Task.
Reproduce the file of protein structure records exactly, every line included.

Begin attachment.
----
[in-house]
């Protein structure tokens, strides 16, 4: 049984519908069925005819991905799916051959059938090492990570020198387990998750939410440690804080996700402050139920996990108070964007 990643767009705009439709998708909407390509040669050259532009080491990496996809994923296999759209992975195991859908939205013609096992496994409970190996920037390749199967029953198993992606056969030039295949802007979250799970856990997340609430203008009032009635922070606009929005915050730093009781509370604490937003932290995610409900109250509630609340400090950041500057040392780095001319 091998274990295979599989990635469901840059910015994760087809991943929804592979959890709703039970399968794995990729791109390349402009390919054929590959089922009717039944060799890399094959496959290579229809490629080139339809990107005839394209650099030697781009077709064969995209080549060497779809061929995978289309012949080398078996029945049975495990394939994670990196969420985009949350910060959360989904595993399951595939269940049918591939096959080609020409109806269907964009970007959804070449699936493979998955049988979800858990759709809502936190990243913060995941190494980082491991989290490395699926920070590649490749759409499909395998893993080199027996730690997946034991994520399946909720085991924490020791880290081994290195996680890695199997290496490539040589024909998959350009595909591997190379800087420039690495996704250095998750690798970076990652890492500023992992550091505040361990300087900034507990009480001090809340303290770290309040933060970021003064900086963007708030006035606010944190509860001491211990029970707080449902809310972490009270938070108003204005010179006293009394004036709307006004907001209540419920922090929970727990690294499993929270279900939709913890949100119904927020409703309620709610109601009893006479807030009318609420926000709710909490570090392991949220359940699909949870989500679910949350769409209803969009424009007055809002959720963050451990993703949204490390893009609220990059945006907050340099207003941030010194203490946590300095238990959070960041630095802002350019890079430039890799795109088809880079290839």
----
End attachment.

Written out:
[in-house]
């Protein structure tokens, strides 16, 4: 049984519908069925005819991905799916051959059938090492990570020198387990998750939410440690804080996700402050139920996990108070964007 990643767009705009439709998708909407390509040669050259532009080491990496996809994923296999759209992975195991859908939205013609096992496994409970190996920037390749199967029953198993992606056969030039295949802007979250799970856990997340609430203008009032009635922070606009929005915050730093009781509370604490937003932290995610409900109250509630609340400090950041500057040392780095001319 091998274990295979599989990635469901840059910015994760087809991943929804592979959890709703039970399968794995990729791109390349402009390919054929590959089922009717039944060799890399094959496959290579229809490629080139339809990107005839394209650099030697781009077709064969995209080549060497779809061929995978289309012949080398078996029945049975495990394939994670990196969420985009949350910060959360989904595993399951595939269940049918591939096959080609020409109806269907964009970007959804070449699936493979998955049988979800858990759709809502936190990243913060995941190494980082491991989290490395699926920070590649490749759409499909395998893993080199027996730690997946034991994520399946909720085991924490020791880290081994290195996680890695199997290496490539040589024909998959350009595909591997190379800087420039690495996704250095998750690798970076990652890492500023992992550091505040361990300087900034507990009480001090809340303290770290309040933060970021003064900086963007708030006035606010944190509860001491211990029970707080449902809310972490009270938070108003204005010179006293009394004036709307006004907001209540419920922090929970727990690294499993929270279900939709913890949100119904927020409703309620709610109601009893006479807030009318609420926000709710909490570090392991949220359940699909949870989500679910949350769409209803969009424009007055809002959720963050451990993703949204490390893009609220990059945006907050340099207003941030010194203490946590300095238990959070960041630095802002350019890079430039890799795109088809880079290839």